Community and educational institutions: If government or industry won’t take action, then it is up to our communities to fund their own platforms to drive funding. This approach could leverage educational institutions such as historically Black colleges and universities (HBCUs), which are collaborating on the launch of new in-demand skills certificate programs (such as Momentum@Morehouse) or launching co-branded technology hubs and accelerators. These partnerships could scale nationwide, with 100 HBCUs each training 100 coders, resulting in 10,000 new software engineers per year. HBCUs could partner with organizations such as Opportunity Hub, which facilitate recruitment, admissions, and financial aid options.
We estimate the unit economics of exposing up to 1,000 people a year to the tech startup ecosystem are $1 million per year per city, and the unit economics of accelerating a product-ready startup are $50,000.
Federal government: The main role for the federal government in entrepreneurship support will be to fund inclusive tech ecosystems across as many local communities as possible. Ecosystem-building organizations, entrepreneurship-support programs, preaccelerators, accelerators, and technology incubators are on the frontlines of building high-growth companies in America, including Black-led ecosystem-builders operating successfully in the most socially disadvantaged communities. Every day, ideas are nurtured into viable businesses. An $1 billion investment ($100 million per year over 10 years) could provide $1 million grants to 100 local communities with a significant share of Black residents to support ecosystem exposure and startup acceleration.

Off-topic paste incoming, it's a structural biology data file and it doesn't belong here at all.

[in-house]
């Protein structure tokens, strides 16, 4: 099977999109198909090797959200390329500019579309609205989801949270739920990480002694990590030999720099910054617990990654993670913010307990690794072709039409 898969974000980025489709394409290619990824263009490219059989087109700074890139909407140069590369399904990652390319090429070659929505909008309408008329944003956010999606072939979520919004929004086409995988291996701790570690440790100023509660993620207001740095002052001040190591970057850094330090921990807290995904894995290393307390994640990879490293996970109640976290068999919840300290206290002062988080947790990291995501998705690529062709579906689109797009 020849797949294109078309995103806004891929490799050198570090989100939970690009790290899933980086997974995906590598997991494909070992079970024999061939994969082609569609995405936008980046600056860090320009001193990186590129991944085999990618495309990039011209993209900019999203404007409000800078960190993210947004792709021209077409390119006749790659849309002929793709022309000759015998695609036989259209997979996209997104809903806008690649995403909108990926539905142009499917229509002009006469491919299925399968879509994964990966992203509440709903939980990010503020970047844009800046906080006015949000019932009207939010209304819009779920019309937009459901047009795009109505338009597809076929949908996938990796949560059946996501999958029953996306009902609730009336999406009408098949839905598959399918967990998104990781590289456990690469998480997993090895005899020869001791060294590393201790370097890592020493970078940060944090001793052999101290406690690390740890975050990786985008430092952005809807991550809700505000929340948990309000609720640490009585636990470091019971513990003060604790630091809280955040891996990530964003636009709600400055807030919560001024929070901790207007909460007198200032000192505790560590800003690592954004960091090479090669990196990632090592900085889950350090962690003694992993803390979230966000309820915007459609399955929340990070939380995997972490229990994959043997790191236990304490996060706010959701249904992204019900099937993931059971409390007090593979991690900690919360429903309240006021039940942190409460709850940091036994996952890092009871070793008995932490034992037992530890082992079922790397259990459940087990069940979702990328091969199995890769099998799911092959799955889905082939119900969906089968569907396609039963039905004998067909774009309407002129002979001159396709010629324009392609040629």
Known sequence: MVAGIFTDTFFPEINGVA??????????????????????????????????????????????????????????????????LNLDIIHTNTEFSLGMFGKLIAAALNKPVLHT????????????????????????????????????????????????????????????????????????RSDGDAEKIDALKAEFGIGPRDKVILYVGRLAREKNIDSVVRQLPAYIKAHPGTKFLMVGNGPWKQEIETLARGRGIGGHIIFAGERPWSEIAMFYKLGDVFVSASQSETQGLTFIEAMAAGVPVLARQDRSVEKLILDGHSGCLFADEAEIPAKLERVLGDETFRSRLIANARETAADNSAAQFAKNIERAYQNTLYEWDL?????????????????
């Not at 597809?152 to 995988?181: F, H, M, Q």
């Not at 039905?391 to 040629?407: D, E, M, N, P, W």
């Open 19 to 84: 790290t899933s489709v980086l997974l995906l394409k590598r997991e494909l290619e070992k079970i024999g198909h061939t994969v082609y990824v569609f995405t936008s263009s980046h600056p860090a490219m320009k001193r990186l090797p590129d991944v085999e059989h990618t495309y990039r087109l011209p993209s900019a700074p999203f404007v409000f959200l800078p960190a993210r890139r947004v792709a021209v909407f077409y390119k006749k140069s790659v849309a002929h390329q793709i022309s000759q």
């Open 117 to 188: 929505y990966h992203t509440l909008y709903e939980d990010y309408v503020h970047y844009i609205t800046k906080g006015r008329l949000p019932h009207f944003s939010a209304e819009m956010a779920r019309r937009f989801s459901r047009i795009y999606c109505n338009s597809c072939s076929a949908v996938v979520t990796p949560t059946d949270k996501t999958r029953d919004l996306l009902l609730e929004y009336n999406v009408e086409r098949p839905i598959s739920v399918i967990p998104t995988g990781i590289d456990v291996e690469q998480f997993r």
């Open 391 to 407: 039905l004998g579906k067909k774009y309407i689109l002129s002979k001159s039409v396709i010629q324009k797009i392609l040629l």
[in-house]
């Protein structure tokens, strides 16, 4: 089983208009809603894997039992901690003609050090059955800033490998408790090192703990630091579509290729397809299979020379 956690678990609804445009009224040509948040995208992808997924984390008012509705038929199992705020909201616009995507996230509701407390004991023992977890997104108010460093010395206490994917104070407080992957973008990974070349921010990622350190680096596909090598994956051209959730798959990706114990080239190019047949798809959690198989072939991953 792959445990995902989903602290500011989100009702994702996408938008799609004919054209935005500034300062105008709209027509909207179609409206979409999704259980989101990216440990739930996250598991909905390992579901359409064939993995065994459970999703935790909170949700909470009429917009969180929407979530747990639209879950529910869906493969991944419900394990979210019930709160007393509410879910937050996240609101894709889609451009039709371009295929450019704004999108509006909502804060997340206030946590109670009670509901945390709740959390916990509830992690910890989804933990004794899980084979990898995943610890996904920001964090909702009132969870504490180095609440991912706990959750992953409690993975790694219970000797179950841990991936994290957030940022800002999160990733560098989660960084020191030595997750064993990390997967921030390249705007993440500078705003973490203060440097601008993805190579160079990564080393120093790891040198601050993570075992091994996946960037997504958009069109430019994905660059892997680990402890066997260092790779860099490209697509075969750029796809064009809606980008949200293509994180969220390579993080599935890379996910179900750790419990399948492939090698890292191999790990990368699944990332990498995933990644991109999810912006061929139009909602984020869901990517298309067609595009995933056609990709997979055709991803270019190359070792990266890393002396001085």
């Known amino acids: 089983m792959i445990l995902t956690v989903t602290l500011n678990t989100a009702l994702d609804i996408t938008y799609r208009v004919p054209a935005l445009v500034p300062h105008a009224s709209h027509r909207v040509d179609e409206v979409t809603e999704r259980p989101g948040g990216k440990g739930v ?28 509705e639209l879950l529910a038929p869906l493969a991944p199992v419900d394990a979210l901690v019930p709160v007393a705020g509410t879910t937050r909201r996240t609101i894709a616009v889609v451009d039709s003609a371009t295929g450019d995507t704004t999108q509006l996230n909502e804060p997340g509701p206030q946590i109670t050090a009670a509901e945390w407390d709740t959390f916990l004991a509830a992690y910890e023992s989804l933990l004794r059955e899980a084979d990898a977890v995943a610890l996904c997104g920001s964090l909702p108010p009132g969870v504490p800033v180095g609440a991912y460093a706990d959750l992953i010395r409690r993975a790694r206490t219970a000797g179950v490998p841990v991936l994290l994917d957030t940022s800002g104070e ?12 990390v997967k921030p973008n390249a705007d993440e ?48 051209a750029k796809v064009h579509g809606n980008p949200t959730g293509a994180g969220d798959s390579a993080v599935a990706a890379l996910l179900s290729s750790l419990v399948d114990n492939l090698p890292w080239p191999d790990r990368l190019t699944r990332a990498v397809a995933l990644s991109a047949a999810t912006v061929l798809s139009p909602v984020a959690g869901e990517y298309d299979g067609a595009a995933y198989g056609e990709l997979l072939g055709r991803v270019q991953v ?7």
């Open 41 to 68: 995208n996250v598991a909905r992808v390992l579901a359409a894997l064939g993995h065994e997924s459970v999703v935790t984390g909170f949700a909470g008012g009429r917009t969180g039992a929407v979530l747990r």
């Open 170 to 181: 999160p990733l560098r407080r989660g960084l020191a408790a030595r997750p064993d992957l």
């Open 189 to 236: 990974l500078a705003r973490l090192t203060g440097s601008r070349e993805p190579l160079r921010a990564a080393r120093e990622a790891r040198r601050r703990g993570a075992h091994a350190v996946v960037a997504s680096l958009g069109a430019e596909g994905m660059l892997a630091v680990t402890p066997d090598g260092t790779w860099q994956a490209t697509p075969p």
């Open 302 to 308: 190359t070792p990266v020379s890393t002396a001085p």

Local governments and corporations: Local governments and private sector leaders can also be critical investors in their local entrepreneurship ecosystem. For instance, a city’s economic development corporation, in partnership with local foundations, can fund ecosystem-building initiatives, preaccelerators, and accelerators via program-related investments. Individual communities could commit to inclusive ecosystem development and startup acceleration for about $1 million per year.
Community and educational institutions: Black institutions such as churches, civil rights organizations, industry associations, and nonprofits can educate themselves and their constituents on the opportunities for new income and wealth creation while co-fundraising on behalf of their members and constituents. Cultural icons such as actors, artists, professional athletes, and social media influencers can invest in Black funds and founders, and use their platforms to amplify early exposure and equity-based crowdfunding initiatives.
We estimate the unit economics of investing in seed rounds are $1 million on average.
Federal government: One way the federal government could provide seed funding to Black-owned venture funds would be to reactivate the 2010 State Small Business Credit Initiative, a Treasury Department program used to support state-level small business financing. The department could issue $1 billion per year in the form of convertible notes and equity as issued and accepted by most startup accelerators and incubators. Black-owned venture funds that can demonstrate a historical mission, precedence, and track record of serving and investing in marginalized and socially disadvantaged entrepreneurs would be selected to invest the capital.
Local governments and corporations: Many Fortune 1000 companies and large tech companies have corporate innovation initiatives and startup programs with accompanying venture capital funds. These corporate-led funds can become limited partners in Black-owned venture funds or direct investors in founders. Cities and public-private economic development organizations can also become limited partners in venture funds or direct investors in founders as well.